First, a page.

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Study: California's policing profiling report shows racial disparities in vehicle stops

While the number of police stops dropped in 2020, likely because of the pandemic, researchers on the state's advisory board say racism is still prevalent in stops.

SACRAMENTO, Calif. — Black drivers are still being stopped by law enforcement in California at a rate more than twice that of white drivers, according to the fifth annual report from the state's Racial and Identity Profiling Advisory Board.

Under the Racial and Identity Profiling Act (RIPA), board members can examine data collected on 18 law enforcement agencies in the state. They released their report on Friday, stating the board found police stops in 2020 remain consistent with racial and gender disparities observed in prior years.

"Analysis in this year's report breaks new ground on the experiences with law enforcement of those with mental and physical disabilities, the experiences of members of the LGBTQ+ community, in addition to the detailed analysis of stop outcomes by race, ethnicity, and gender contained in past reports," said Board co-chair and UC Berkeley professor Steven Raphael.

Vehicle and pedestrian stops by law enforcement decreased by 26.5% in 2020 with about 2.9 million stops by police, according to the report.

“The data in this report will be used by our profession to evaluate our practices as we continue to strive for police services that are aligned with our communities’ expectations of service,” said Chief David Swing, Board co-chair and former California Police Chiefs Association president.

Here are some other key findings from the 2020 round of law enforcement data collection regarding stops:

Search Rates:

People who were perceived as Black were searched at 2.4 times the rate of people perceived as White. Overall, officers searched 18,777 more people perceived as Black than those perceived as White. In addition,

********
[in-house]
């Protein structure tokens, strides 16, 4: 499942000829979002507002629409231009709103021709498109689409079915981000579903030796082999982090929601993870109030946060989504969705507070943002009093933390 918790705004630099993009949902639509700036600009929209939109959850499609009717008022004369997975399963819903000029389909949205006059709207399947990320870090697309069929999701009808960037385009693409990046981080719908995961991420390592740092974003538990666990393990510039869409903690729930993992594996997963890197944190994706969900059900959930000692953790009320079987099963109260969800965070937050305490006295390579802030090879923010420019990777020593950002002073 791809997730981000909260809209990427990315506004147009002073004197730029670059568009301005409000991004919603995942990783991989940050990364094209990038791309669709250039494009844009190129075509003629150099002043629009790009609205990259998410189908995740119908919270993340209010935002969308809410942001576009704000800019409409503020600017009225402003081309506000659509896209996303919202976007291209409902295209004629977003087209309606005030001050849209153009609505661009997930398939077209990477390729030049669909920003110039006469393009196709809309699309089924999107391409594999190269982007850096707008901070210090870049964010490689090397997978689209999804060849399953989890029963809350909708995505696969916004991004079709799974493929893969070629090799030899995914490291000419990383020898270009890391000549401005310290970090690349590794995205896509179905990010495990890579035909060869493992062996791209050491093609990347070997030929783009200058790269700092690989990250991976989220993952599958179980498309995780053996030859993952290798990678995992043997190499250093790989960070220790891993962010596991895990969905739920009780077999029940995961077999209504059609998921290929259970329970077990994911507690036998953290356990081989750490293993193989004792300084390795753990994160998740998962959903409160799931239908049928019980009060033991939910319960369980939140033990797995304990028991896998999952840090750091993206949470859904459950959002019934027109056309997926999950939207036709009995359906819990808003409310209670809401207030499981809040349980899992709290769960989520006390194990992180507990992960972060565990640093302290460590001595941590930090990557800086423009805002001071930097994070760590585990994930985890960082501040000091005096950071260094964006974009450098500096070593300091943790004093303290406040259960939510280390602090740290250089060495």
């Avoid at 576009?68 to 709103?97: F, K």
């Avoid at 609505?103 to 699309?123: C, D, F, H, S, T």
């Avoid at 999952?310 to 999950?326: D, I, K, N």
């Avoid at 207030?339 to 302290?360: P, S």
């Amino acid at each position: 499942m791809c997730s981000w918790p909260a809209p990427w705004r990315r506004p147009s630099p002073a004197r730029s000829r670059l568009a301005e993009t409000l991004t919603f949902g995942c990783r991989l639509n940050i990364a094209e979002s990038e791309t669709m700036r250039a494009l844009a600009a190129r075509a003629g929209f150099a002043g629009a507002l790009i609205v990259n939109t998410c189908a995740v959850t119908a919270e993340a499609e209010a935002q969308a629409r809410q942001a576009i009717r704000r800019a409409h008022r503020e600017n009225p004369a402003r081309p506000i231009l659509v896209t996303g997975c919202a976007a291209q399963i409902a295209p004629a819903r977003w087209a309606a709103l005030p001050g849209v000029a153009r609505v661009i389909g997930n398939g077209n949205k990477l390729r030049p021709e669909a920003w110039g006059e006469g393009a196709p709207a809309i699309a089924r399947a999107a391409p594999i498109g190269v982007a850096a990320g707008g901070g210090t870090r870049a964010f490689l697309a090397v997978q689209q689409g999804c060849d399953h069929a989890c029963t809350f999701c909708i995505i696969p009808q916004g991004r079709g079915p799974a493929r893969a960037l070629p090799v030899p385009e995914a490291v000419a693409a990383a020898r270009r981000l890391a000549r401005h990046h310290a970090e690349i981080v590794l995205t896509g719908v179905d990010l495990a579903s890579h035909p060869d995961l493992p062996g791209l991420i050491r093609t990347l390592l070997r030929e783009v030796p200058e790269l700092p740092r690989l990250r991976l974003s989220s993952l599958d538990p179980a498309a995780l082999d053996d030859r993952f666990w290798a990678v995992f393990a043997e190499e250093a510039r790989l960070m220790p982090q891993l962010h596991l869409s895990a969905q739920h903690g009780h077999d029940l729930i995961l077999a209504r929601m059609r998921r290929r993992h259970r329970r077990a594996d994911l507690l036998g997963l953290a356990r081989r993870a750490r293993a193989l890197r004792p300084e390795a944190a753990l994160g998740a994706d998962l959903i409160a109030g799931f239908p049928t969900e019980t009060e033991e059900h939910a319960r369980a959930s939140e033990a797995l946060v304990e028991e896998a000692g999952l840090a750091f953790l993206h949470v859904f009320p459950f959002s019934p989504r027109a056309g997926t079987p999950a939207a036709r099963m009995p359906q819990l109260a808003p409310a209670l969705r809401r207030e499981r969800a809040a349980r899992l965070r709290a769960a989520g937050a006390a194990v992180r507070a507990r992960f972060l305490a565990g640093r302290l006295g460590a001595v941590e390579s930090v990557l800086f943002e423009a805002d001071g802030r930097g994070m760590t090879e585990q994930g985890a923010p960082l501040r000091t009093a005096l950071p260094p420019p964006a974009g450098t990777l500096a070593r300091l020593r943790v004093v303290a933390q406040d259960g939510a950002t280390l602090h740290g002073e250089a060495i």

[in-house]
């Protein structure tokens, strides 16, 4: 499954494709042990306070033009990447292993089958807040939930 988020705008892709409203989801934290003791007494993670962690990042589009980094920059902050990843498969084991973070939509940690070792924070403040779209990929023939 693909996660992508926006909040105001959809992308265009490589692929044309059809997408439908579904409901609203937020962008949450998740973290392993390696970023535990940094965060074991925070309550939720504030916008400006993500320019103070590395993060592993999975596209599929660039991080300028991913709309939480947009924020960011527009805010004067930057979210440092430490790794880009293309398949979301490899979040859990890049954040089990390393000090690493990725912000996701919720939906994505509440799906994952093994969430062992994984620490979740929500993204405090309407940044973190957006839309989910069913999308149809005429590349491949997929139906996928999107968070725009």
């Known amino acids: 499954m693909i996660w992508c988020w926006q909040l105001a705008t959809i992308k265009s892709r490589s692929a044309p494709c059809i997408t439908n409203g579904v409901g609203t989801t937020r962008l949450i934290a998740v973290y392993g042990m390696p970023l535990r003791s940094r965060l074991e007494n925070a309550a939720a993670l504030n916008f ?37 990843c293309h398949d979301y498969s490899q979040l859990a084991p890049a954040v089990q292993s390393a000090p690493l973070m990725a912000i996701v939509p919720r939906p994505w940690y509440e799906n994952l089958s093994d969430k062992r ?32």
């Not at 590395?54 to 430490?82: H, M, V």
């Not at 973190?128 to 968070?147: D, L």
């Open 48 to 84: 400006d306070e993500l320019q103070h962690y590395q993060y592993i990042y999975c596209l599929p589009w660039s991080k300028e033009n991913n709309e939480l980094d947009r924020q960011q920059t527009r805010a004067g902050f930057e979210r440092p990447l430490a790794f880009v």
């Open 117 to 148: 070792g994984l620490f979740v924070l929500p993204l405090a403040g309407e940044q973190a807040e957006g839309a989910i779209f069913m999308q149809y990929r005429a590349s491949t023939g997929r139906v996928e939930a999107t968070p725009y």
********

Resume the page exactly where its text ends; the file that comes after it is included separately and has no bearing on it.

transgender women were searched at 2.5 times the rate of individuals perceived to be cisgender women.

Result of Stop:

At the conclusion of a stop, officers must report the outcome, for example, no action taken, warning or citation is given, or arrest. For individuals perceived as Black, officers reported “no action taken” 2.3 times as often as they did for individuals perceived as White, indicating that a higher rate of those stopped who were perceived as Black were not actually engaged in unlawful activity.

Use of Force Rates:

Officers used force against people perceived as Black at 2.6 times the rate of individuals perceived as White. In addition, officers used force against individuals perceived to have a mental health disability at 5.2 times the rate of individuals perceived not to have a disability.

Traffic Violation Stops:

A higher proportion of traffic violation stops of people perceived as Hispanic or Black were for non-moving or equipment violations as compared to individuals who were perceived as White. 

For instance, the proportion of such stops initiated for window obstruction violations was nearly two and half times higher for people perceived as Hispanic and 1.9 times higher for people perceived as Black as compared to people perceived as White.

Population Comparison:

Using data from the 2019 American Community Survey, people who were perceived as Black were overrepresented in the stop data by 10% and people perceived as White or Asian were underrepresented by three and nine percentage points, respectively, as compared to weighted residential population estimates.

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